Port­fo­lio in­ter­view

Gary Ni­cholls on steam­punk pho­tog­ra­phy, the im­por­tance of de­tail and ded­i­ca­tion, and how he cre­ates his work

Photoshop Creative - - CONTENTS - @ar­timag­i­nar­ium

Gary Nicholls on steam­punk pho­tog­ra­phy, the im­por­tance of de­tail and ded­i­ca­tion, and how he cre­ates his work

od is in the de­tail when it comes to Pho­to­shop work, but Gary Nicholls has re­ally taken that to a whole new level. The pho­tog­ra­pher has spent 40 hours a week on his Imag­i­nar­ium project – a fine-art photo book – for the last six years.

We asked him about how he cre­ates his work, his tips for fel­low Pho­to­shop users and what he’s up to next.

How long have you been a Pho­to­shop user?

I started us­ing Pho­to­shop prop­erly in 2007, af­ter buy­ing my first en­try-level Canon DSLR. I now own a Canon 5D Mk IV as I need the res­o­lu­tion to cre­ate my art. I use Pho­to­shop on av­er­age for 40 hours a week. Pho­to­shop en­ables my imag­i­na­tion to come to life and I never use stock im­ages. All the im­ages I use I have per­son­ally taken.

Have you al­ways been into art?

I stud­ied de­sign tech­nol­ogy and tech­ni­cal draw­ing at school (and later be­came a teacher in those sub­jects), which meant I was not al­lowed to take Art as an op­tion. My fa­ther had taught me to paint. He is a great ad­vo­cate that ev­ery child needs hob­bies! I later took art night classes at Southend Tech­ni­cal Col­lege.

How does your work start? Do you cre­ate a sketch first, or just build an im­age and go from there?

Nei­ther of those! The ideas are prob­a­bly the eas­i­est part of the process: I eat, sleep and drink them. They come to me at odd times and I “see” them com­pletely fin­ished in my mind’s eye. In or­der to find the set­ting I have “seen”, I search the in­ter­net for lo­ca­tions, then travel there, wher­ever in the world that may be. The end re­sult has to repli­cate the im­age I first “see” for that pic­ture, so re­search­ing the lo­ca­tion has al­ways been para­mount. Fi­nally, I then or­gan­ise a stu­dio shoot with the char­ac­ters so that I have full con­trol over the light­ing.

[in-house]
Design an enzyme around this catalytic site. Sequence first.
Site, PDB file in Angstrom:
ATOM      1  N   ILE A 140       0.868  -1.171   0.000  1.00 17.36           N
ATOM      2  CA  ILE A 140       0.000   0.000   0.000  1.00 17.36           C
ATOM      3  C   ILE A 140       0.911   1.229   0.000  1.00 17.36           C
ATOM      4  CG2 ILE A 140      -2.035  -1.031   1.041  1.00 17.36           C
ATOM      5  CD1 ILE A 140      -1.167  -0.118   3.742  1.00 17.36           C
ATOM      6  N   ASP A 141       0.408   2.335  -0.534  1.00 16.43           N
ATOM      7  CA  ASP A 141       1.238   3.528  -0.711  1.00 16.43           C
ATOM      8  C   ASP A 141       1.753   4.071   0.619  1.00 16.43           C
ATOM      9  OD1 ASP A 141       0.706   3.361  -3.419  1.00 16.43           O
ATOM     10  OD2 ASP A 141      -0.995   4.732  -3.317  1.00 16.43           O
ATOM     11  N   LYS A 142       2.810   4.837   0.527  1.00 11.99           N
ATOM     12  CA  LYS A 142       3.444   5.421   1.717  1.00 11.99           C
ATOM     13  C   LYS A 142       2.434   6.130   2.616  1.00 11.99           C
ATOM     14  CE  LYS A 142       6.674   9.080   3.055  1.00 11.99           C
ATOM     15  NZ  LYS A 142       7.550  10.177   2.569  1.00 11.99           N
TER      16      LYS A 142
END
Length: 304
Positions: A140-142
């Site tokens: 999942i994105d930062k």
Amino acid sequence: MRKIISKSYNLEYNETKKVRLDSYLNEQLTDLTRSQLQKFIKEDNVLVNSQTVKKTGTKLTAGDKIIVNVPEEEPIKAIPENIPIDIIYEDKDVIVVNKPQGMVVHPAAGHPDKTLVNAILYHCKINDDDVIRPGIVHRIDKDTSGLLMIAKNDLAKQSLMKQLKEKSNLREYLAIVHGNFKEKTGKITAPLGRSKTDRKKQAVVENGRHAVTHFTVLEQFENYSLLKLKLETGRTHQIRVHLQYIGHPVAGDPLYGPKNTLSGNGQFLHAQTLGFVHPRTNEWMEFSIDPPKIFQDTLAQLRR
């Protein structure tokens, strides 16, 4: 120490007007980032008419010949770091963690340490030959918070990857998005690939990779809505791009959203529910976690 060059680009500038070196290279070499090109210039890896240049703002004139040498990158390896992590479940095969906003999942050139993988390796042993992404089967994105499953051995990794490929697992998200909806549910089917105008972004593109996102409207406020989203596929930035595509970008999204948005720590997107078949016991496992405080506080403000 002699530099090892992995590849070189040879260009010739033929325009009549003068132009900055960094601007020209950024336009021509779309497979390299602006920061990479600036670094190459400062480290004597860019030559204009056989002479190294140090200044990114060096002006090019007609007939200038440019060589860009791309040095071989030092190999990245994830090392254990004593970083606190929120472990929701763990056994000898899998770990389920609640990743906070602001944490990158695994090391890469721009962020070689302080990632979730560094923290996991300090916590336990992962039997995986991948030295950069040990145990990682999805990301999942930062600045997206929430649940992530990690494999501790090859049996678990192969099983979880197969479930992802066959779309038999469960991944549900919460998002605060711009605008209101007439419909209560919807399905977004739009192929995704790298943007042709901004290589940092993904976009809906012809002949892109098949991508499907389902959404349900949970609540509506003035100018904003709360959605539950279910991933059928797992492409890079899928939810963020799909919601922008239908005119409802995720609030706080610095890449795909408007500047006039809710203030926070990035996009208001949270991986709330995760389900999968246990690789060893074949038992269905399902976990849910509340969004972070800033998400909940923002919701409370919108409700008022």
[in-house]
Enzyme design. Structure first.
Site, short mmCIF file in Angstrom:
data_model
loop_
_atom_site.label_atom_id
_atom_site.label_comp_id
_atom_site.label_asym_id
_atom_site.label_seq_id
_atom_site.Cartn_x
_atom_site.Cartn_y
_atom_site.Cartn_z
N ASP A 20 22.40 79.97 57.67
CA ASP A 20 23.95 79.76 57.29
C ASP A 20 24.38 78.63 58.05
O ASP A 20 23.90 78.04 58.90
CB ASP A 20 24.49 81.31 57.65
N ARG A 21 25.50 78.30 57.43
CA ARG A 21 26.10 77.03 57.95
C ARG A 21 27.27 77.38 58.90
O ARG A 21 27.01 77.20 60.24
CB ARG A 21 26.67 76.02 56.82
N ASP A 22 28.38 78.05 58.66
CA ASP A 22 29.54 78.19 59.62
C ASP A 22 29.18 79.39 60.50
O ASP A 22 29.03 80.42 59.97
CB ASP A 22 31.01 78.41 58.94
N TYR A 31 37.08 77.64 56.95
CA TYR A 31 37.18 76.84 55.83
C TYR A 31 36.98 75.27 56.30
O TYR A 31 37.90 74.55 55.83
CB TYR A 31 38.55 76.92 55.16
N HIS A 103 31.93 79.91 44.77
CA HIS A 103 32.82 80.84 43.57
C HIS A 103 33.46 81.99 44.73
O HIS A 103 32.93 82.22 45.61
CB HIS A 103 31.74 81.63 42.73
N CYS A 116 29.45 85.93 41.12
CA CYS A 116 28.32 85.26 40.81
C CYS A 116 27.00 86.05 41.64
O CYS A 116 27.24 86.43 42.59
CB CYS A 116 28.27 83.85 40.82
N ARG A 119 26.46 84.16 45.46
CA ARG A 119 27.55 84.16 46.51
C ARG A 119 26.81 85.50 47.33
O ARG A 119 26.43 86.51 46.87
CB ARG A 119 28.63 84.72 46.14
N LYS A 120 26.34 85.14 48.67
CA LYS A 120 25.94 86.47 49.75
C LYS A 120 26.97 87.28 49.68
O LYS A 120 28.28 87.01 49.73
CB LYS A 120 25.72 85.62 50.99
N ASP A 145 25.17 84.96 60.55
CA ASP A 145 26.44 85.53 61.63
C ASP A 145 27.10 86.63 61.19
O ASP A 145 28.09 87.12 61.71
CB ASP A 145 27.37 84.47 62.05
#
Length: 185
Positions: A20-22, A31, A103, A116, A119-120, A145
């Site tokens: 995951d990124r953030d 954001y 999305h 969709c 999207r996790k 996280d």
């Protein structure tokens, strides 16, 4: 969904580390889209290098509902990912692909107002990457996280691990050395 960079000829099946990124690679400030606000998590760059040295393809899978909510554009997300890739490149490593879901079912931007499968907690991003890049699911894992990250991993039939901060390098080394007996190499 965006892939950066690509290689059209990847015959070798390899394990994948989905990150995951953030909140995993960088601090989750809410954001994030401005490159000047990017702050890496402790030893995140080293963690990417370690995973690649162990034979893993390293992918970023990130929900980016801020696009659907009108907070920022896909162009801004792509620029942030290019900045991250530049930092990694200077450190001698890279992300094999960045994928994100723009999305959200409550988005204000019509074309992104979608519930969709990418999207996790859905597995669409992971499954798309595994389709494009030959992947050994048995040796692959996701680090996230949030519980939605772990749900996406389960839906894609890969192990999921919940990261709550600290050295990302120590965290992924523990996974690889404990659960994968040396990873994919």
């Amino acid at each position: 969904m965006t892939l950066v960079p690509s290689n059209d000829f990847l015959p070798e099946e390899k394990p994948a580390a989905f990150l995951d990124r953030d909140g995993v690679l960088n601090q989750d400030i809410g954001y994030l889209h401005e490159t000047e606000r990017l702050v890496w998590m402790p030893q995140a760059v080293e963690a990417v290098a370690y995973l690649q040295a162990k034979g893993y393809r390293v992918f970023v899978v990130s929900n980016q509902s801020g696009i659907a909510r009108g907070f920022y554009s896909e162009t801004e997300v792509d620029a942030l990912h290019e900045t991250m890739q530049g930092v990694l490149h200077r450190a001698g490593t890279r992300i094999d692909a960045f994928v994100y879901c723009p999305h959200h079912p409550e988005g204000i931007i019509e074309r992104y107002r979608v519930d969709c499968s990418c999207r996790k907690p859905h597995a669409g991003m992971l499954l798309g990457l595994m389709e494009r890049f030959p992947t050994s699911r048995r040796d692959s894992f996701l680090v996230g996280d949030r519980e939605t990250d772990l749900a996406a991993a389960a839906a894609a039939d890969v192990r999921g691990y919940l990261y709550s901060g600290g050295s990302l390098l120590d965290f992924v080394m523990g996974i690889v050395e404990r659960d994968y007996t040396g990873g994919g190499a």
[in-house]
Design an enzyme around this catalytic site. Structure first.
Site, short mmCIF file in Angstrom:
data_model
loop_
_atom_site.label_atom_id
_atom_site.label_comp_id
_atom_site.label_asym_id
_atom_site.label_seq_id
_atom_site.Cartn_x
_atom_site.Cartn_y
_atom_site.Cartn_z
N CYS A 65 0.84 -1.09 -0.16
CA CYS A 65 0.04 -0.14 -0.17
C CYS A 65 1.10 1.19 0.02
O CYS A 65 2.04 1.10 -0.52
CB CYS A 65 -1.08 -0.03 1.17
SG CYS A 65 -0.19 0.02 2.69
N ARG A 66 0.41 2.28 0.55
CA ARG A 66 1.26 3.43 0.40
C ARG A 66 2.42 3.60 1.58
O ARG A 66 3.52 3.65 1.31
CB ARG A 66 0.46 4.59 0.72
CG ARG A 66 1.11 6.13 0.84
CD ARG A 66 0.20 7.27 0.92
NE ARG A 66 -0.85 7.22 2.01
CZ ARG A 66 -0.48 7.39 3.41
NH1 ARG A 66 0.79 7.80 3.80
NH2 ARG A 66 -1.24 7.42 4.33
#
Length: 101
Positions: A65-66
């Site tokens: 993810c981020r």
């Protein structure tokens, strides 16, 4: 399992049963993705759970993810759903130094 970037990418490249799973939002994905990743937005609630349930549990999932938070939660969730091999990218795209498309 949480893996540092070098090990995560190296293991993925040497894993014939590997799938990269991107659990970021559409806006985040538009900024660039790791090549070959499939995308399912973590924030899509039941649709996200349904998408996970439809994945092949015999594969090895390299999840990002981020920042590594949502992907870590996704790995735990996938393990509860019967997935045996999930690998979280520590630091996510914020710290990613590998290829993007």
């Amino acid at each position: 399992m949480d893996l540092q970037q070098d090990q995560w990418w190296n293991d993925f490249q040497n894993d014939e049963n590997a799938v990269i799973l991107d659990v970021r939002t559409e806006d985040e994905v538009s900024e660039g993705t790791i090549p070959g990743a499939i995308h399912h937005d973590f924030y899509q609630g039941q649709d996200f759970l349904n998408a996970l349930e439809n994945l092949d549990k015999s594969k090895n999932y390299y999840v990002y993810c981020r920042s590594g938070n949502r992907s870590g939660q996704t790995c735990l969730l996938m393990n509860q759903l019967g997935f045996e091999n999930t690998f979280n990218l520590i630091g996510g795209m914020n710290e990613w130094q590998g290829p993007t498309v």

What are your favourite Pho­to­shop tools?

Firstly Cam­era Raw. I use this a num­ber of times through the process, cre­at­ing dif­fer­ent ef­fects. Then a Nik Colour plugin to paint in de­tail where I need it. When drop­ping in the sub­jects, I use the Se­lec­tion Tool and Re­fine Edge. In terms of fin­ish­ing the im­age, Hue/sat­u­ra­tion and Colour Lookup are used in ev­ery im­age, to cre­ate my “look”. I do not use Fre­quency Sep­a­ra­tion to edit skin, pre­fer­ring in­stead to use High Pass Fil­ter, Gaus­sian Blur and Layer Style. Liquify, Colour Dodge and the var­i­ous scal­ing and dis­tor­tion tools I use in most im­ages and I love dis­place­ment map­ping. I only use Pho­to­shop, not Light­room.

Do you have any top tips you’d rec­om­mend for how to cre­ate work like yours?

Only learn the Pho­to­shop tech­nique you need to cre­ate the im­age you are work­ing on. Write your “new” tech­nique down in a note­book: this is cru­cial as Pho­to­shop is such a vast pro­gram, you will never learn it all. To be­gin cre­at­ing a fine art im­age, start by writ­ing a ran­dom sen­tence. For ex­am­ple: “The dog sat watch­ing the girl in the blue Vic­to­rian dress, walk­ing up the crum­bling wall while car­ry­ing a bas­ket of flow­ers.” This will then gen­er­ate an im­age in your mind. Be­cause you are close to that sen­tence, the im­age will al­ready be there in your mind.

So do you see your­self as an artist or a pho­tog­ra­pher?

Hard to ac­tu­ally give it a name, but I am an artist with a cam­era. My style is a cin­ema­graphic one based on de­tail, from cor­ner to cor­ner of an im­age, ‘with an old masters’ look but a sur­real feel.

Your style must have evolved from your arty be­gin­nings to more pho­to­graphic im­ages now.

My style evolved through my work­flow, try­ing new tech­niques and adapt­ing them to cre­ate a look that I like, work­ing layer af­ter layer in the same way the old masters did, to cre­ate the im­age. My style is cre­ated us­ing light, not fo­cus, be­cause the im­ages are so de­tailed. I watch pe­riod dra­mas to un­der­stand how to cre­ate a cin­ema­graphic look to the fin­ished im­age and study the light­ing used.

You’ve been work­ing on this project for six years. What’s com­ing up next for you?

I am cur­rently work­ing on the sec­ond vol­ume of The Imag­i­nar­ium, which will be com­pleted next year. Af­ter that, the fi­nal vol­ume should take a fur­ther two years. Given it is a fine art story, I have to write it too. How­ever, I will be trav­el­ling the globe to visit as many steam­punk groups as pos­si­ble in mul­ti­ple coun­tries to cre­ate a 4,000-per­son im­age, with no cloning. So the fi­nal book might take a lit­tle longer!

The Scream­ing Tree The back­ground is Yosemite, in the USA. The tree is made up of mul­ti­ple women, with a bark tex­ture over­laid us­ing dis­place­ment map­ping and Liquify.

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